Facing more difficult shooting conditions is also a great time to try the unconventional, or as our Pro Photographer, Colleen Miniuk-Sperry, would say “Break The Rules”.  Sieur De Monts, our second shooting location of the day (we had three) is a very special place, with a mix of old, original growth Acadia Forest, new trees, and an incredible diversity of vegetation, shown to us today seemingly as a Rain Forest.  A broad mix of colors, so many different greens, light, dark patterns, and everything in between.  If you do an image search on this location, you will see a lot of photos of the walkway shown in this photo – really pretty with surrounding tall trees and covered with a tapestry of Autumn leaves.  A perfect Fall scene.  However, you might not see something like what’s shown here.  A very abstract, soft, almost watercolor-like view of the walkway and surrounding forest.  This was shot handheld (not tripod) with a 2 second exposure. Once again, inspired by the day and location.
Don’t let anything, especially not the weather, ever stop you from going out to shoot.  You never know what you can create.
Ken Brown is a trip leader with Arizona Highways Photo Workshops.

Kicking Off an Amazing Week in Acadia National Park

Author:  Ken Brown

AHPW Trip Leaders, Amy Ganske, Christina Heinle, and Ken Brown arrived into South Portland in time to get ready for the arrival of 15 participants for a 5 day workshop shooting the most iconic scenes in Acadia National Park with Pro Photographer Colleen Miniuk-Sperry.  Colleen has served as Artist-in-Residence several times in Acadia, so you could say she knows her way around here !
Since we arrived a day ahead to get ready for the workshop, the three Trip Leads decided to go out on our own sunrise shoot, you know just to make sure the vans were ok and such  With a little bit of research, we discovered that we were within 30 minutes of the oldest lighthouse in the state of Maine – Portland Head Light, built in 1791, in Cape Elizabeth.
Arriving before dawn we found a beautiful vantage point to shoot from and waited until we had the most beautiful light.  The concept for this photo was to capture the sunrise just kissing the lighthouse and the surrounding rocks.  Casting some shadows to make clear the time of day, direction of the light, and some of the beautiful features of the lighthouse and surrounding scene.
 Since this is a workshop, we also wanted to highlight an important technique for this type of shooting situation – the use of a Graduated Neutral Density Filter.  Looking at the two images below, besides the change in composition, you can see the results of one with the Filter and one with no Filter.  This filter transitions from a darkened (but optically clear for shooting) area to a light, totally clear area.  Correct placement of the filter over the lens allows the photographer to dramatically reduce the exposure of the brightest portion of an image like this, the bright sky, and regions in dark shadow.  More light can get through the filter where it’s clearer, and less light through the filter where it’s darker.  While the photo without the filter is not terrible, it completely lacks the drama, intensity, and visual contrast of the image that was shot WITH the Filter.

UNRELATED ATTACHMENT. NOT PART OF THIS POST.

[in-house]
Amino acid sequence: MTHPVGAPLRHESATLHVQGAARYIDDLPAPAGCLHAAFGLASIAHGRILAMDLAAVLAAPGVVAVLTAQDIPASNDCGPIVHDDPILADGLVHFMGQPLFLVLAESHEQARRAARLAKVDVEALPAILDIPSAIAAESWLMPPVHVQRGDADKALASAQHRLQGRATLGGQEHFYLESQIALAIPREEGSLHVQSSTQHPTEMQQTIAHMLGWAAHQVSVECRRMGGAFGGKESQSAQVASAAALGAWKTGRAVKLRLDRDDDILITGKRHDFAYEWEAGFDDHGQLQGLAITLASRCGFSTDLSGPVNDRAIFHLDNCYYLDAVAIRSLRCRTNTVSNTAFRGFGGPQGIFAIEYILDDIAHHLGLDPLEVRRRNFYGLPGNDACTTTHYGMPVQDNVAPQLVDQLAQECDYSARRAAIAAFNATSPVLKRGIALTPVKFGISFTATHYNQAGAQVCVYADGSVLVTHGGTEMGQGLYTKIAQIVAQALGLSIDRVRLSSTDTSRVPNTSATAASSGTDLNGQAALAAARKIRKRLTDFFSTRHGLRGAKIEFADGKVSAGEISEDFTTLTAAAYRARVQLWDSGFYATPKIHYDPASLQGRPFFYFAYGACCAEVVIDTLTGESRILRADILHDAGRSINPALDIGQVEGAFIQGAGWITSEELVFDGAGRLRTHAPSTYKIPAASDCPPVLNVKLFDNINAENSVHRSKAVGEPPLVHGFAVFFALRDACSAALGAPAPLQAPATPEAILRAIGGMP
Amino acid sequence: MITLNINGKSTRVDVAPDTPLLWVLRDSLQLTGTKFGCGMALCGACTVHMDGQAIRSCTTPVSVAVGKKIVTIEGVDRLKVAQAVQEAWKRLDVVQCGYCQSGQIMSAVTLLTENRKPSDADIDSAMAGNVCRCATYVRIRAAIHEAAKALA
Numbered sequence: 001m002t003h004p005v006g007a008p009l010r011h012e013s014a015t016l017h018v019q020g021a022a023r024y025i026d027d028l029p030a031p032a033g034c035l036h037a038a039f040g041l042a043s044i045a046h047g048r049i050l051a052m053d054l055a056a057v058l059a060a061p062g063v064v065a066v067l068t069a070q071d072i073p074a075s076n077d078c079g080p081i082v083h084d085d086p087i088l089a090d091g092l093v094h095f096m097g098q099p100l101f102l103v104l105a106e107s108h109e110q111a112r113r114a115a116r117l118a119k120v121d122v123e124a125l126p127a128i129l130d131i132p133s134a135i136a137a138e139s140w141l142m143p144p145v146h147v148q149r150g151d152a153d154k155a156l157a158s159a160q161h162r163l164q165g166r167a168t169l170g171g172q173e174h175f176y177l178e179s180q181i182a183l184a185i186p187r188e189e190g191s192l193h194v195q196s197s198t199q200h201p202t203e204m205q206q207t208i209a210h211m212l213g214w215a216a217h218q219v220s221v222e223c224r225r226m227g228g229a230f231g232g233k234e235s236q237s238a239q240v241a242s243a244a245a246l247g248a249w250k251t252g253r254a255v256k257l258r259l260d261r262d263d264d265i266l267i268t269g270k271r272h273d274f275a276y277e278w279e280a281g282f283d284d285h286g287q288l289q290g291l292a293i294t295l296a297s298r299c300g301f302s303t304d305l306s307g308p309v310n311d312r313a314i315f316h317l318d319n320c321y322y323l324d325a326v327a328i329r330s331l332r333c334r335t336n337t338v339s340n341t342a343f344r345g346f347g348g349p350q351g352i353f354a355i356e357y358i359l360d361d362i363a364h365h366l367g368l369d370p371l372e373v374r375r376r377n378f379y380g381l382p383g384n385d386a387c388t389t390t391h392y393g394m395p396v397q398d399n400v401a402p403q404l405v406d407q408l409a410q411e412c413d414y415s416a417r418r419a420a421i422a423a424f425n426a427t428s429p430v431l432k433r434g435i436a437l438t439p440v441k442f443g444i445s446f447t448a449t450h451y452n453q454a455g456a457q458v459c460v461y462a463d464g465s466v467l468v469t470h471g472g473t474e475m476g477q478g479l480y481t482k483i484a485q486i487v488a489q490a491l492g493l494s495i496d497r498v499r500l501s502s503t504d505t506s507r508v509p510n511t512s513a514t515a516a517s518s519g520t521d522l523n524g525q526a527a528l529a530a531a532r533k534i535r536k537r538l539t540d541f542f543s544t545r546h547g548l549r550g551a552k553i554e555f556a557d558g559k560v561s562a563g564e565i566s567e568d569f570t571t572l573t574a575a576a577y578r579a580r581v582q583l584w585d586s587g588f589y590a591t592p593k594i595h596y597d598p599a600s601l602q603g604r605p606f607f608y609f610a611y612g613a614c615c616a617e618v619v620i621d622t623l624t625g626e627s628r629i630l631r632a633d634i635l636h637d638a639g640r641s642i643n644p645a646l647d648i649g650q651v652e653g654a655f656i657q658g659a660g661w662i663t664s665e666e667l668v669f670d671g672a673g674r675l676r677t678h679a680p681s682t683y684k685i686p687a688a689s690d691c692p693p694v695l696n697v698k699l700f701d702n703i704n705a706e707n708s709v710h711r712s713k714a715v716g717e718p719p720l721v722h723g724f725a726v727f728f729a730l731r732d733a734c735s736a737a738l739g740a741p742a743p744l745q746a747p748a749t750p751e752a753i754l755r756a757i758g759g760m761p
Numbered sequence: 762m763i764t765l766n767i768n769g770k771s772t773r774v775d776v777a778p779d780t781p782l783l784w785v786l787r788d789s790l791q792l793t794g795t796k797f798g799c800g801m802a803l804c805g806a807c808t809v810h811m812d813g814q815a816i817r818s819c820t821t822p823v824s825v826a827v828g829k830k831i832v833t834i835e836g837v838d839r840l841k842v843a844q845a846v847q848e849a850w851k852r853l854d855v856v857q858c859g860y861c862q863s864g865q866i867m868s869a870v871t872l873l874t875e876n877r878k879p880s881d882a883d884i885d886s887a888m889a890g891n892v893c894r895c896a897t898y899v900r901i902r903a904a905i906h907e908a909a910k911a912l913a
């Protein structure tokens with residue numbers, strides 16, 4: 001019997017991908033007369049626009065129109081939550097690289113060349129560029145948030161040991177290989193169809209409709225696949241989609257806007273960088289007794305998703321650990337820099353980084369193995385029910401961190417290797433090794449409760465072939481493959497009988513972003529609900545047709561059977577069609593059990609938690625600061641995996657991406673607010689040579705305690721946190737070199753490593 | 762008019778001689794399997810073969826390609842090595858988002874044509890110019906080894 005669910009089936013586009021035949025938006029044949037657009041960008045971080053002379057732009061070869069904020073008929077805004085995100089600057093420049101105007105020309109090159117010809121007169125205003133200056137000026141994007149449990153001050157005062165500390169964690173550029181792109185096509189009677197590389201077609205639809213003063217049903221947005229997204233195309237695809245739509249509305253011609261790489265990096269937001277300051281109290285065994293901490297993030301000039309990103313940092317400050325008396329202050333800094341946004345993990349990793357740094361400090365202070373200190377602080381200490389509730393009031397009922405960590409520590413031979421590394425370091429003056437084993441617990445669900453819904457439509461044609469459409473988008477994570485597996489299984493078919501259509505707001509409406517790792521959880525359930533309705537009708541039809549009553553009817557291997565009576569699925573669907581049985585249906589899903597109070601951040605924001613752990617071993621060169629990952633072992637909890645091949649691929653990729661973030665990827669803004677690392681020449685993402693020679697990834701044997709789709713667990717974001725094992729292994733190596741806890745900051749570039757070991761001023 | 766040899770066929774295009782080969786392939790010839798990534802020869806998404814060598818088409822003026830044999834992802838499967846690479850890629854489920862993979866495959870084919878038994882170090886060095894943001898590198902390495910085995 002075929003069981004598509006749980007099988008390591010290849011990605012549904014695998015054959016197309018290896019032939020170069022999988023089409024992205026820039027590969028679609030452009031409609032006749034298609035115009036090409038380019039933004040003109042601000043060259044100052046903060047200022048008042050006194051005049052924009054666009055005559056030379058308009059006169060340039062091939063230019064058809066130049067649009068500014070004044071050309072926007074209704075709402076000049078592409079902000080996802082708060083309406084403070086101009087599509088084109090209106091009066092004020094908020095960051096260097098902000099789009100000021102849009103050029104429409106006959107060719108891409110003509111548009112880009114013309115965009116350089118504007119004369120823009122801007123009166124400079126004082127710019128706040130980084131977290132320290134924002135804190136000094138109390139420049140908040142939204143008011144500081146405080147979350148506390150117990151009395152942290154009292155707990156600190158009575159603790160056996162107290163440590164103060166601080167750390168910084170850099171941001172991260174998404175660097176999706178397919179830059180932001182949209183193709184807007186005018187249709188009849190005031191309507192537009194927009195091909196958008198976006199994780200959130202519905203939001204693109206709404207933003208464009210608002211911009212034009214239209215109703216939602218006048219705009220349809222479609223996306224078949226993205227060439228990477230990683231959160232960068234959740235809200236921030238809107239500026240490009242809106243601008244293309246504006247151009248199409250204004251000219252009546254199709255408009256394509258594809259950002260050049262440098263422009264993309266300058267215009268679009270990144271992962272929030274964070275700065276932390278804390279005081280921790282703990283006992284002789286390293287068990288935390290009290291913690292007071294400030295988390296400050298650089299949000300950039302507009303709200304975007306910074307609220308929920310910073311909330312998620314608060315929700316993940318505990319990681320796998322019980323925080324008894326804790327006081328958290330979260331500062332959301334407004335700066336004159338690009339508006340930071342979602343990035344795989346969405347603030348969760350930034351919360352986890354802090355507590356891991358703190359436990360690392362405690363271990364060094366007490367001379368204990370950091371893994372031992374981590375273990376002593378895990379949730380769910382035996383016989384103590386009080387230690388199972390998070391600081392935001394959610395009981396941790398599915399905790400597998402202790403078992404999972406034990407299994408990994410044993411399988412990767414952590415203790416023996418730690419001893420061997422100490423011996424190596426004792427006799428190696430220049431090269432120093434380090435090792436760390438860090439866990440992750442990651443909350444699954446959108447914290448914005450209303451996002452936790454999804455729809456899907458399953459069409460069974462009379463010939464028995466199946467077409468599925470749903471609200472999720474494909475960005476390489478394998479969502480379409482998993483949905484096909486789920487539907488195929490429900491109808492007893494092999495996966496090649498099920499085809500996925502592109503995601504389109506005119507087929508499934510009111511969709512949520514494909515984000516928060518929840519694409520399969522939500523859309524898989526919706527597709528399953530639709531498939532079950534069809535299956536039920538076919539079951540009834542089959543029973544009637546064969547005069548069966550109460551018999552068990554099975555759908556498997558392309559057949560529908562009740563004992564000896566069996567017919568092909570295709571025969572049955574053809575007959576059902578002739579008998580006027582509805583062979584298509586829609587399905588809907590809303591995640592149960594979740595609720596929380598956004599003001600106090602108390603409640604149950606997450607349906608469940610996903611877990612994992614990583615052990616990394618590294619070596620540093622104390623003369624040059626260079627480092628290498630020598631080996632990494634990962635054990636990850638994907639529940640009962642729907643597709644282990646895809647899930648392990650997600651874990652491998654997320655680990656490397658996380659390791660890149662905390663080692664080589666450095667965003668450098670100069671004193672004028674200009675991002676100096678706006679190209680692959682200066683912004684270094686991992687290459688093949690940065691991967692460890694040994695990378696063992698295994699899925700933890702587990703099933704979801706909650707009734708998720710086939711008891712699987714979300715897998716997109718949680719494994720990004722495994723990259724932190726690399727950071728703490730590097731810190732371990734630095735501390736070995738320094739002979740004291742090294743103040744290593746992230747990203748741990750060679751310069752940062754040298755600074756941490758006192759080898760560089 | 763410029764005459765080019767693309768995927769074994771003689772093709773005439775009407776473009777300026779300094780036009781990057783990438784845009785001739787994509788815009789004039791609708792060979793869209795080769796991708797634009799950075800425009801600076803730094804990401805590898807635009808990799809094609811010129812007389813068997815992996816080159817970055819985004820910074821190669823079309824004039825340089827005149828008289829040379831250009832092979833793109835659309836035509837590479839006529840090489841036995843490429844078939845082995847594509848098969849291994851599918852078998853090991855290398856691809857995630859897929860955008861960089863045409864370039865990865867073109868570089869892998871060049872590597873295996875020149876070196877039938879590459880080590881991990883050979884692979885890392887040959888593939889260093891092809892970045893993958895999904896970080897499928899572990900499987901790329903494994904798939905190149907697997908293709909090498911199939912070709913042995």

In addition to using the Split Neutral Density filter, both images were shot with an added FULL neutral density filter (yes – you can also stack filters !!), this was done so that the image could be shot with an exposure time over multiple seconds, giving the water a nice, smooth, appearance of flow – also being targeted for this photo.
Finally the last item to mention is composition.  Now putting aside the lighting for a moment, there is a very clear difference in composition between these two images, and it makes all the difference in the world.  It’s the fence…  The first instinct was to capture some of the green low shrubs in the foreground.  But after looking at this a bit, it became clear that a much more important feature was that fence, leading to the lighthouse.  It brings the viewers eyes through the image to the central theme – the Lighthouse.  Now also add in the lighting and filters, where the brighter, more reflective features (like the fence) pick up more of the light, and the features in shadow remain a little darker, and we’ve got a wonderful leading line for the eyes.
We’re off to a good start for our week in Maine and we haven’t even officially started yet
Ken Brown is a Trip Leader for Arizona Highways Photo Workshops.